Transport

Charging Heavy Goods Vehicles

The Department for Transport has today launched a consultation on a proposed road user charging scheme for heavy goods vehicles (HGVs) of 12 tonnes and over. This is one of the commitments in the coalition programme for government.

The proposal’s primary objective is to ensure fairer arrangements for UK hauliers. UK-registered HGVs already pay tolls or user charges on motorways and, frequently, other roads in most EU member states. Save on some specific pieces of infrastructure (the M6 toll and various bridges and tunnels), there are no tolls or user charges in the UK. As most foreign operators currently purchase their HGVs’ fuel outside the UK, they therefore contribute nothing towards the cost of our roads.

A scheme for HGV road user charging cannot discriminate between UK-registered vehicles and vehicles registered elsewhere in the EU. It will therefore apply to both UK and foreign-registered HGVs. It must also comply with the Eurovignette directive (Directive 1999/62/EC as amended by 2006/3 8/EC and 2011/76/EU) which sets out a framework of rules for tolls and charges, including maximum daily rates for the latter.

We propose a simple time-based charge, applying to the use of any road in the United Kingdom, meaning that a five-axle HGV of 38 tonnes or more would pay £1,000 a year or £10 a day. The Eurovignette directive’s maximum permitted charge is currently €11 per day, although by the introduction of the charge this is likely to have been uprated by inflation to €12 (about £10 at current exchange rates). The precise level of charges will depend on exchange rate movements and inflation between now and the implementation date later this Parliament. UK hauliers would pay an annual (or six months) charge for each HGV at the same time and in the same transaction as they pay its vehicle excise duty (VED). This would avoid extra administration costs for UK business. Foreign hauliers could pay daily, weekly, monthly or annual charges.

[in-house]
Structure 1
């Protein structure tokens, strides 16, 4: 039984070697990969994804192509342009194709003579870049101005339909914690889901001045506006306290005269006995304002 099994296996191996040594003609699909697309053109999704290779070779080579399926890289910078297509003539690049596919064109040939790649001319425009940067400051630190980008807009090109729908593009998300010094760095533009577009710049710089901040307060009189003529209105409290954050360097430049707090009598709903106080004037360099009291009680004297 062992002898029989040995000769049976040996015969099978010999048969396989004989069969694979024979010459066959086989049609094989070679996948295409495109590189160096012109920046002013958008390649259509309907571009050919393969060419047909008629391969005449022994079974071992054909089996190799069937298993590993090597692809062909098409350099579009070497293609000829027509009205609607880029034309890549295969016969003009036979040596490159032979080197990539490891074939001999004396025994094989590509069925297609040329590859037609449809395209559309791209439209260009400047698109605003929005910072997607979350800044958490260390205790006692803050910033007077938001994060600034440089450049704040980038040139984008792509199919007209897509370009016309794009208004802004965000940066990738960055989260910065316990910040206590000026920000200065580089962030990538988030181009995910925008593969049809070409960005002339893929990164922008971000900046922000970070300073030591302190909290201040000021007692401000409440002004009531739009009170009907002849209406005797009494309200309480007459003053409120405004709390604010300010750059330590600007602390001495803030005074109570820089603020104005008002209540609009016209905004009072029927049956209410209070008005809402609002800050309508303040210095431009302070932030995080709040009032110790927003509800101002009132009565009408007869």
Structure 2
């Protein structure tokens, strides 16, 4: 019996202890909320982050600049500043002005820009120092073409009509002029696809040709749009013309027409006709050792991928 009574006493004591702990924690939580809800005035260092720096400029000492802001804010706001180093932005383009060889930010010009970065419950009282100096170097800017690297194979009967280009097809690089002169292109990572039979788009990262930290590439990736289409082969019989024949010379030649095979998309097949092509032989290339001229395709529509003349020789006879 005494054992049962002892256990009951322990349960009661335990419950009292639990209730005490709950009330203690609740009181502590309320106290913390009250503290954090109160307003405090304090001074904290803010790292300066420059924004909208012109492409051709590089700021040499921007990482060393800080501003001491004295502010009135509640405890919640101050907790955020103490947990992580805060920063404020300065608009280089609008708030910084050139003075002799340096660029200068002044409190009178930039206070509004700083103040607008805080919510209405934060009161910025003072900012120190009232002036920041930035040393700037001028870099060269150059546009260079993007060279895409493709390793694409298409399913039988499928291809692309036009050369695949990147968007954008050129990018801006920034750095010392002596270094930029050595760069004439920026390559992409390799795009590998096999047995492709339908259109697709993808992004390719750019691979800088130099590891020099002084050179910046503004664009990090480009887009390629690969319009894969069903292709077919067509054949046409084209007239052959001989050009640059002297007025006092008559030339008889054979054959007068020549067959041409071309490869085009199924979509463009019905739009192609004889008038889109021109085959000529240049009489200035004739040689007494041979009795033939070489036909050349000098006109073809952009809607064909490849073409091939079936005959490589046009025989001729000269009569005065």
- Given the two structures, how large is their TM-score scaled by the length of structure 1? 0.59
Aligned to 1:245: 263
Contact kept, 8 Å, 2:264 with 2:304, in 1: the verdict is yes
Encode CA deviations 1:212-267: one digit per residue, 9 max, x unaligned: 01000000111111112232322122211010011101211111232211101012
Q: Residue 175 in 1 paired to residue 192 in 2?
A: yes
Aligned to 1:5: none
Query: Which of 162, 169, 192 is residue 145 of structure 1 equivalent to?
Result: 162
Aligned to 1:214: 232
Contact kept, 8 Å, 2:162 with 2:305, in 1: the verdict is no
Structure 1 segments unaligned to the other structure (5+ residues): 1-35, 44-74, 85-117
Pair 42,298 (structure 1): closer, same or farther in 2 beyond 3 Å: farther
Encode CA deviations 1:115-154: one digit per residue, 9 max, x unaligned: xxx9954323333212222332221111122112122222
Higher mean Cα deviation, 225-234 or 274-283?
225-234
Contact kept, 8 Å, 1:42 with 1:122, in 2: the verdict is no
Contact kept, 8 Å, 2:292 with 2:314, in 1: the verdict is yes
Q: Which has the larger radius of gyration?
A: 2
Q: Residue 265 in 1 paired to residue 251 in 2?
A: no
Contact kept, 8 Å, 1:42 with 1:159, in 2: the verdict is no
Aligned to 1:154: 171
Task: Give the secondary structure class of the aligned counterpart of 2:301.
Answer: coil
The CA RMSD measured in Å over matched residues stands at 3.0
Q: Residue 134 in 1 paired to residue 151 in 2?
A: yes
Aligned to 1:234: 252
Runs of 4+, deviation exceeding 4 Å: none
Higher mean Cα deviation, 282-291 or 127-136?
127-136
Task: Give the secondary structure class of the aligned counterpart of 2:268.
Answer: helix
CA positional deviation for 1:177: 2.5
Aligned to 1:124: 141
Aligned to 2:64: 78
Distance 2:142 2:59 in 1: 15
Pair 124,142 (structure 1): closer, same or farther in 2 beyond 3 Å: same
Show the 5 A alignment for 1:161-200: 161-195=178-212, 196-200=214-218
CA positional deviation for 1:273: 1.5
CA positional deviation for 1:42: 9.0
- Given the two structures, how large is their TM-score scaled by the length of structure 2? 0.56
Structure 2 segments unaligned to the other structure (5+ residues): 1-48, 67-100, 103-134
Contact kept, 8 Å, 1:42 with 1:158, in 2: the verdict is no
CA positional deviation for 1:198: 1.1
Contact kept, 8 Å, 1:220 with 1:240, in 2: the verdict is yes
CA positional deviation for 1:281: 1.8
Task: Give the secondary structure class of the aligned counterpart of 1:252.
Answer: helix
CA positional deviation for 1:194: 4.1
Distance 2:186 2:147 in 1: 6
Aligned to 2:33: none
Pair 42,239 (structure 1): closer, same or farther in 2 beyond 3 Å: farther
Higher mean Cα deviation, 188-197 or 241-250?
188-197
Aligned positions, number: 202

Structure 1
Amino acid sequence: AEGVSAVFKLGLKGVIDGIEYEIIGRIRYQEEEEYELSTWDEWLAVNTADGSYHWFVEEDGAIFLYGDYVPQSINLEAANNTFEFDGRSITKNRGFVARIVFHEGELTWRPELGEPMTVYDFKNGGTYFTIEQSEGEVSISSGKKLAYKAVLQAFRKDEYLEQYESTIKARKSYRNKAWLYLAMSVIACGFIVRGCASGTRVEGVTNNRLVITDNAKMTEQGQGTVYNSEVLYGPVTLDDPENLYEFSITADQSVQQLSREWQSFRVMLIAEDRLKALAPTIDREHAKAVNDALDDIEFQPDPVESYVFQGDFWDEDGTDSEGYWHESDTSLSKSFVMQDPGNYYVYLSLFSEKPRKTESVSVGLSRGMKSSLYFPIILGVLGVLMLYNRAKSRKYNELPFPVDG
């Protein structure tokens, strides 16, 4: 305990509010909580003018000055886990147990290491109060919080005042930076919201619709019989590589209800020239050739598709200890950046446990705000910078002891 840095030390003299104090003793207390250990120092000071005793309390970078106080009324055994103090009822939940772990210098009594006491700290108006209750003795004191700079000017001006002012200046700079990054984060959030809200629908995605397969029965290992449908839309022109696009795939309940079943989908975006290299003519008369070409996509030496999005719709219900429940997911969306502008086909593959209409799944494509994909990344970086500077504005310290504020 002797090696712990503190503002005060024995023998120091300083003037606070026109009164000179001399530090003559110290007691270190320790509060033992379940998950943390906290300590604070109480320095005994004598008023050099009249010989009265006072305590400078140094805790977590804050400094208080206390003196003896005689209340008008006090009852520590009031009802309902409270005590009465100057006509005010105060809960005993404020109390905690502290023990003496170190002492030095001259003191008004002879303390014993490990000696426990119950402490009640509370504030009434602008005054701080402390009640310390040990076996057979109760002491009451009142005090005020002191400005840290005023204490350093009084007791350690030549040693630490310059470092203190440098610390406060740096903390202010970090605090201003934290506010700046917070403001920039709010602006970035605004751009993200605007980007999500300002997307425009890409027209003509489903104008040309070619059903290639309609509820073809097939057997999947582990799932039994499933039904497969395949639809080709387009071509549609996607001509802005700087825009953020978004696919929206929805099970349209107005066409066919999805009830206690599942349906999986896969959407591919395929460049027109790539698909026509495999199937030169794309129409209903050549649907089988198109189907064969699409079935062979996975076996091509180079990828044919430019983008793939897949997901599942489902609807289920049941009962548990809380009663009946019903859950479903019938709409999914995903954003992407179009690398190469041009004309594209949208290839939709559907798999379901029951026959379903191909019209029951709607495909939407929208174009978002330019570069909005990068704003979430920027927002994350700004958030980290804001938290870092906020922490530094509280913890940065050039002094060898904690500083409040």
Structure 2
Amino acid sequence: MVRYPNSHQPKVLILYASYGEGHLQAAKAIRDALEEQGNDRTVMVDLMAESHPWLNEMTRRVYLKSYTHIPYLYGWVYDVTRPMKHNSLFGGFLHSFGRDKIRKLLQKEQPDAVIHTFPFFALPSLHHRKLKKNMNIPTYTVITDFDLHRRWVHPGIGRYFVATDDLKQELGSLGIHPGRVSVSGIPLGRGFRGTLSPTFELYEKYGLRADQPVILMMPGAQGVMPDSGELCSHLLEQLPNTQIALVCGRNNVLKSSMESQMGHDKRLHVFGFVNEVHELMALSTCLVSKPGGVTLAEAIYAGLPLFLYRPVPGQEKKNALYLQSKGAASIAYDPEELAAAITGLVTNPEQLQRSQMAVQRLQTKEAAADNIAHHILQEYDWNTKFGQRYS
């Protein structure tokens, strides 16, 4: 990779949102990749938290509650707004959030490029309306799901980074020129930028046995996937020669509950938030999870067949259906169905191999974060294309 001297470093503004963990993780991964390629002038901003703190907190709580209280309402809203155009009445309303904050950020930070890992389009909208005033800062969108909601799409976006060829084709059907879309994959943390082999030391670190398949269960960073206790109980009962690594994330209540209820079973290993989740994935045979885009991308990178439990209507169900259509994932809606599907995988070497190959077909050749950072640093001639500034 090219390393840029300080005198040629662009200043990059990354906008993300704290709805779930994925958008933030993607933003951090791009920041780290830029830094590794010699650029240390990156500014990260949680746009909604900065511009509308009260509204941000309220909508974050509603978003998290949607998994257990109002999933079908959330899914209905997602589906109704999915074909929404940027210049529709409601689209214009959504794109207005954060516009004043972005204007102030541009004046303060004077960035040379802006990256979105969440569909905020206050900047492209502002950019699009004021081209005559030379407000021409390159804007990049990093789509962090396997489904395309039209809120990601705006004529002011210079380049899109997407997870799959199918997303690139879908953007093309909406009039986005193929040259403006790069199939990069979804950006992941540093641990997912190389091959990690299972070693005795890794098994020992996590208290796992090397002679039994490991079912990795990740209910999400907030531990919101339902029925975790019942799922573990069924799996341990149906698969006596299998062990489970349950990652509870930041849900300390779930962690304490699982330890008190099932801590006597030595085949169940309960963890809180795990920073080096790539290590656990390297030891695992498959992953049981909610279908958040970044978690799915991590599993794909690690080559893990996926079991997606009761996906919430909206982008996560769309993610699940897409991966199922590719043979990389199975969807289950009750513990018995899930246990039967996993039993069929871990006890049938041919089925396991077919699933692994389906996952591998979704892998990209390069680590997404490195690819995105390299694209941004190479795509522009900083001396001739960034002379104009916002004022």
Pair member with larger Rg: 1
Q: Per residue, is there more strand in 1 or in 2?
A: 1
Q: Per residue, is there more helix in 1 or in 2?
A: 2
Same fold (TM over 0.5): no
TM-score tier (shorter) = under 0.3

As VED and the charge are paid 12 months in advance, UK hauliers would begin to pay the user charge as they renewed an HGV’s VED from 11 months before the introduction of charging for foreign vehicles.

The Government will also come forward with measures to offset the additional user charges for UK hauliers, through reductions in taxes, duties or charges they currently face, or through appropriate spending measures. The Chancellor has discretion over tax and spending measures, but the most likely balancing measure in practice will be a reduction in VED towards minimum EU-levels.